Study Abroad Collaboration Is Designed for First-Generation Students
The University of Cincinnati and Cincinnati State are working together to offer students who represent the first in their families to attend college a special study abroad program. The effort includes a trip to Guatemala and incorporates a service-learning component.
The University of Cincinnati and Cincinnati State are joining forces to offer a study abroad service learning experience tailored to first-generation college students.
Both institutions have a legacy of addressing the needs of students who represent the first in their families to attend college. This program – which combines traditional classroom instruction, online course work and a 10-day trip to Guatemala – is an effort to enrich the college experience for such students.
“It has become increasingly common for college students to incorporate a study-abroad component into their curriculum,” said Samuel Rowe, chairman of the Humanities and Foreign Languages Department at Cincinnati State. “This is a cost-effective program designed to expand the world-view of students for whom college itself is a big step.”
RosaMaria Moreno, a language professor at Cincinnati State who has traveled repeatedly to Guatemala, said the program is also designed to add service learning to the educational basket of first generation students. “During their time in Guatemala, these students will be engaged in volunteer projects,” she explained. “This is genuine learning by doing.”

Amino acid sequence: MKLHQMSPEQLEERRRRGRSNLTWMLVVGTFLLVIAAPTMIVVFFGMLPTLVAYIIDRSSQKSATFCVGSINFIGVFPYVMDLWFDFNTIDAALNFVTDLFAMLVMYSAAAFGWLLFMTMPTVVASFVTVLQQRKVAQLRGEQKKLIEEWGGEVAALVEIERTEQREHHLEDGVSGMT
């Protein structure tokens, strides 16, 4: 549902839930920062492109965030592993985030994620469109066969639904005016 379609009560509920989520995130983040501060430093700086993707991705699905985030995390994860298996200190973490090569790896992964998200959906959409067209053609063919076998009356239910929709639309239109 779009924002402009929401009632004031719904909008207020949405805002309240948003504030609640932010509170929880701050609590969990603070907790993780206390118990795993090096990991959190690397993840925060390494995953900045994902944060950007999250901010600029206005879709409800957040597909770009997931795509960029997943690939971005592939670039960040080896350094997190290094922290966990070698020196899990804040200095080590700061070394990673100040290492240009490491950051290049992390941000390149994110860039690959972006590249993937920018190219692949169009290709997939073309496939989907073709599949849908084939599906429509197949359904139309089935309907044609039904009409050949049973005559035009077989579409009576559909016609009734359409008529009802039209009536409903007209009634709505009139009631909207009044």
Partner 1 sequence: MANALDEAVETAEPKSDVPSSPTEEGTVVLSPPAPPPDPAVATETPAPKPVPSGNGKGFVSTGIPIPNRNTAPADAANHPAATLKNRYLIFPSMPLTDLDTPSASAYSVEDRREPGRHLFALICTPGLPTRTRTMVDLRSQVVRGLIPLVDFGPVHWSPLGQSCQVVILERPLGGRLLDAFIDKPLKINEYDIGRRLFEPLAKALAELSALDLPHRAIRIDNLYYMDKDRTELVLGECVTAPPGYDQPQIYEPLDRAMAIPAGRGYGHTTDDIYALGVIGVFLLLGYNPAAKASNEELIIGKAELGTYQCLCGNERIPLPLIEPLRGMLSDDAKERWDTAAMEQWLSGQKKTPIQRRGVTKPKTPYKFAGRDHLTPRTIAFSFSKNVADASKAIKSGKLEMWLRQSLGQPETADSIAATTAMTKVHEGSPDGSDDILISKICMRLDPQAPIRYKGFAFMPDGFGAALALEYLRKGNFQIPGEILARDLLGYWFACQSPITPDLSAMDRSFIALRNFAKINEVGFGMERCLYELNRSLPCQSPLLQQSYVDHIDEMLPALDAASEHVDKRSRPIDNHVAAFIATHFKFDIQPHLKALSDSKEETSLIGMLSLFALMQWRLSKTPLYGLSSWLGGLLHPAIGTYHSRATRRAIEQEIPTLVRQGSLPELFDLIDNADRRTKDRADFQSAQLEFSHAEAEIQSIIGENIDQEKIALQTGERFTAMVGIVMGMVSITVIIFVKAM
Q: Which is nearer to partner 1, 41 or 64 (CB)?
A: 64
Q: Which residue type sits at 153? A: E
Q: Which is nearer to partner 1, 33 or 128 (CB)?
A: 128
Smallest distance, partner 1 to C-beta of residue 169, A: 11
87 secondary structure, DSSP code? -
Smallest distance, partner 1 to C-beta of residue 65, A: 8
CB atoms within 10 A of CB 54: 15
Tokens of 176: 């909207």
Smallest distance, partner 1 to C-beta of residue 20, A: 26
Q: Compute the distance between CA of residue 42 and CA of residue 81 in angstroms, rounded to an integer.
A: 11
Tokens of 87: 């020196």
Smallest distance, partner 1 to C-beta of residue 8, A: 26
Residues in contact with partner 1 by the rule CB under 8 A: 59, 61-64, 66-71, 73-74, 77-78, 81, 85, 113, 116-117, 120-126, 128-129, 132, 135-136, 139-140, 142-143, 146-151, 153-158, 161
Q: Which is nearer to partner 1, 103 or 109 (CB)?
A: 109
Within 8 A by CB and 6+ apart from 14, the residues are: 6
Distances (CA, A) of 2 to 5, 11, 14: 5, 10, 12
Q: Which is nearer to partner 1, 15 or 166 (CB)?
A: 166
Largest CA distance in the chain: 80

Participating students will work at project sites managed through Ak’ Tenamit, a nonprofit association that provides educational, health and other services in eastern Guatemala. Ak’ Tenamit receives funding and logistical help from the Guatemalan Tomorrow Fund, a non-profit based the United States, and works closely with Guatemala’s Q’eqchi Maya villages as they work to develop their communities.
Before and after the trip to Guatemala, participating students in the UC/Cincinnati State class will study the culture, history and economy of the region. Students will also be required to maintain journals of their experiences and submit formal papers after the trip describing what they encountered and learned.
“We have created this course because we believe the world of study abroad should be open to every student,” said Stephanie Talbot, a UC adjunct instructor of communication
who is a graduate of UC and Cincinnati State. “It brings the classroom into the real world through learning about Guatemala and then working with the diverse peoples studied in our text.”
All UC and Cincinnati State students will be able to apply their Financial Aid for this course (Spanish 198, Special Topics).
The application deadline for the course is Feb. 1. The trip to Guatemala is scheduled for May 14-24. Classroom sessions are scheduled before and after the trip.
For more information, contact associate professor Nancy Jennings (firstname.lastname@example.org or 513-556-4456); adjunct instructor Stephanie Talbot (email@example.com or 513-556-4440); or RosaMaria Moreno at Cincinnati State (firstname.lastname@example.org or 513-569-1446).
For additional background about the Ak’ Tenamit program, go to www.aktenamit.org.